"I don't know what fly fishing teaches us, but I think it's something we need to know."-John Gierach
http://fishingintheozarks.blogspot.com/
Jmd123May 13th, 2010, 6:02 pm
Oscoda, MI

Posts: 2398
Motrout, 3-5 years is about as long as many, if not most, beaver dams in Michigan survive before a good strong storm blows them out. What is amazing is the lush vegetation that grows back in over the sediments from the former pond. I wonder if this changing dynamic of dam building, blowout, and revegetation contributes to the productivity of the stream. In other words, maybe the beavers contribute to trout production more than just providing more space.

Let's remember, people, beavers and trout evolved together for thousands, if not millions, of years. I think it's strictly a human-centric viewpoint to think that beavers are somehow "bad" for the environment. It's entirely possible that the construction and blowout of beaver structures increases habitat complexity on the stream and therefore creates more shelter, backwaters, feeding areas, increased insect production, etc. I have certainly seen this on coastal Oregon streams that were channelized around 100 years ago - the beaver structures are forcing the channels to move around and braid and create new habitat and refugia for sea-run cuttroat trout and coho salmon.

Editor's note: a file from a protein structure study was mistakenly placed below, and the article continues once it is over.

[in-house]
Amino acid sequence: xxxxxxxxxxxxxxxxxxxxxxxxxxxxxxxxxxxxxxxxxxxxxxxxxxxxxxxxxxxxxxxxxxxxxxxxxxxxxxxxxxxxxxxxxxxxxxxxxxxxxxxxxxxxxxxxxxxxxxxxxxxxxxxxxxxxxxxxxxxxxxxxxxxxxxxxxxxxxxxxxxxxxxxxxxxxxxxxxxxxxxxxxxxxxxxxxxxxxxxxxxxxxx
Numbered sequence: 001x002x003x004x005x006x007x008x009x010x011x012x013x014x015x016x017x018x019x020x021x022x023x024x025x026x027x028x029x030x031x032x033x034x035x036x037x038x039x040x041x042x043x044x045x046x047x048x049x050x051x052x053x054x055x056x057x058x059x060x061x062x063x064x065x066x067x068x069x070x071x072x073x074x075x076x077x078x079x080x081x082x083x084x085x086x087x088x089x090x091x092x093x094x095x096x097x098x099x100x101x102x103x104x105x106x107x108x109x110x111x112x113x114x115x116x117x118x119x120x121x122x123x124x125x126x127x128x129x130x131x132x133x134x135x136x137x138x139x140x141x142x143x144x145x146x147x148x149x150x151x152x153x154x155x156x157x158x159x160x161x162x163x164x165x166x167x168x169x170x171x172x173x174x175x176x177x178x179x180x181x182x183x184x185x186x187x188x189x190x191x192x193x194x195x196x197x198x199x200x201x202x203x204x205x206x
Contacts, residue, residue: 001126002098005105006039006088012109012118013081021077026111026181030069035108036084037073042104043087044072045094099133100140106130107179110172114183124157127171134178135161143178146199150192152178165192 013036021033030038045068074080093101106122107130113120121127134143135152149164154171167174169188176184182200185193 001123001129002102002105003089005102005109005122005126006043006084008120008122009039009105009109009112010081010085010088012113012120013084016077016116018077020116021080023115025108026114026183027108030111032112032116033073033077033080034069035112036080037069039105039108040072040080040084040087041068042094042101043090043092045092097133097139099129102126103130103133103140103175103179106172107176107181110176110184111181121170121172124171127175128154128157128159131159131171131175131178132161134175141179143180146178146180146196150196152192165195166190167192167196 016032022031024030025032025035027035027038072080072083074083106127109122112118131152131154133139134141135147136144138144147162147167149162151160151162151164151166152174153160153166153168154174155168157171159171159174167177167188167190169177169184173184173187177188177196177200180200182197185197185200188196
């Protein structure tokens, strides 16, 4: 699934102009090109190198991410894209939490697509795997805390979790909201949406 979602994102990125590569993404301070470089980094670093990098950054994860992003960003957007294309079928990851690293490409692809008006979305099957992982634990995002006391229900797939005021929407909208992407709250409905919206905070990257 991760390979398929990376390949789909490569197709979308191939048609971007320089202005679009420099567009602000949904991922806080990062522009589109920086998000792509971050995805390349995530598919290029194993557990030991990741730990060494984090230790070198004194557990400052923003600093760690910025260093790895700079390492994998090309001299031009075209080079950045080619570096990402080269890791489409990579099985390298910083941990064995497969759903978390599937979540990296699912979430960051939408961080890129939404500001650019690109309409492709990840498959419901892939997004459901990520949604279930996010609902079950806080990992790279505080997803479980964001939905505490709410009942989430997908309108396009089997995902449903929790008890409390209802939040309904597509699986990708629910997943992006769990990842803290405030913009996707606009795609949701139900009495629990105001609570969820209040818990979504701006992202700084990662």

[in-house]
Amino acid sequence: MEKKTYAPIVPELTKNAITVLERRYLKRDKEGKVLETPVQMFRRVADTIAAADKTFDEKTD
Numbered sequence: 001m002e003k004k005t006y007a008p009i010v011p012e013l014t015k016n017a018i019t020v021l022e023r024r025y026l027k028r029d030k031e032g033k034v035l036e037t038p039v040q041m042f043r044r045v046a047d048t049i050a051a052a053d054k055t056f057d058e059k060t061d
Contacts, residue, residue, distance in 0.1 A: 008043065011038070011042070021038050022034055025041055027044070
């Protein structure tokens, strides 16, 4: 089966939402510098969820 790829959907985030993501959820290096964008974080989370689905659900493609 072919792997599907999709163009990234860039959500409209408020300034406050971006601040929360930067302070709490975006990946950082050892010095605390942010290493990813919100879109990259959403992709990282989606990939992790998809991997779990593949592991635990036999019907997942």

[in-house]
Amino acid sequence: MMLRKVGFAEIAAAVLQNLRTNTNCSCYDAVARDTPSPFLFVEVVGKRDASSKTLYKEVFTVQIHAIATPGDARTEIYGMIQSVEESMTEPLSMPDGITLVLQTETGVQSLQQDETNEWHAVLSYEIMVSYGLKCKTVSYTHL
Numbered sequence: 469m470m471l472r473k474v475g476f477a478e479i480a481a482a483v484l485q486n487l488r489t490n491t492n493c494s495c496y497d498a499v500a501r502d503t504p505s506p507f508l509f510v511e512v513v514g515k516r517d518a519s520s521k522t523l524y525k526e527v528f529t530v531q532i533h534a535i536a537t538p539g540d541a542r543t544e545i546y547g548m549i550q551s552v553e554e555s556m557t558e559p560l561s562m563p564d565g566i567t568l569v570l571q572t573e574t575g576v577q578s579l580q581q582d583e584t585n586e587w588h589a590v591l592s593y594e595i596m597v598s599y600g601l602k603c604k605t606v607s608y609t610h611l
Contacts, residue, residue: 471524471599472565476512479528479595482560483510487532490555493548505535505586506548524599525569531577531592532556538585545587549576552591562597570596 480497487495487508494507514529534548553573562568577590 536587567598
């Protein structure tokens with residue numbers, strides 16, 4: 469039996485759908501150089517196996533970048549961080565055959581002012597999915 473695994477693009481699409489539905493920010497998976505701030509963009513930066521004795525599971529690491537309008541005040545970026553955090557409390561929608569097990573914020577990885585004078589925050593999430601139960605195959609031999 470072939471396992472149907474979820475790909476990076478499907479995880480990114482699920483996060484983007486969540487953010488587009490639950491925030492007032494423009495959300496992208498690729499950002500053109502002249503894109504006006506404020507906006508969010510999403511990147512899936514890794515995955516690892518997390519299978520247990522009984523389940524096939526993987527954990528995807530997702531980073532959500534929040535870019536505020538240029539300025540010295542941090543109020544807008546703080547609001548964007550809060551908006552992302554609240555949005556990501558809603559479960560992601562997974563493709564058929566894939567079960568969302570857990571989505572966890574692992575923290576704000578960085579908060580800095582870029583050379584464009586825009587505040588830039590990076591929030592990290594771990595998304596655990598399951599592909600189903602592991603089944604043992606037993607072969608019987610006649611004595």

I strongly doubt that a beaver pond could cause serious warming on a low-order stream that flows through forested areas, like those in northern lower MI or coastal OR. In my humble opinion, if beaver dams are causing trouble, it's because human activities have already impacted the stream and are causing warming, siltation, etc. above and beyond what a few beavers could ever do on their own.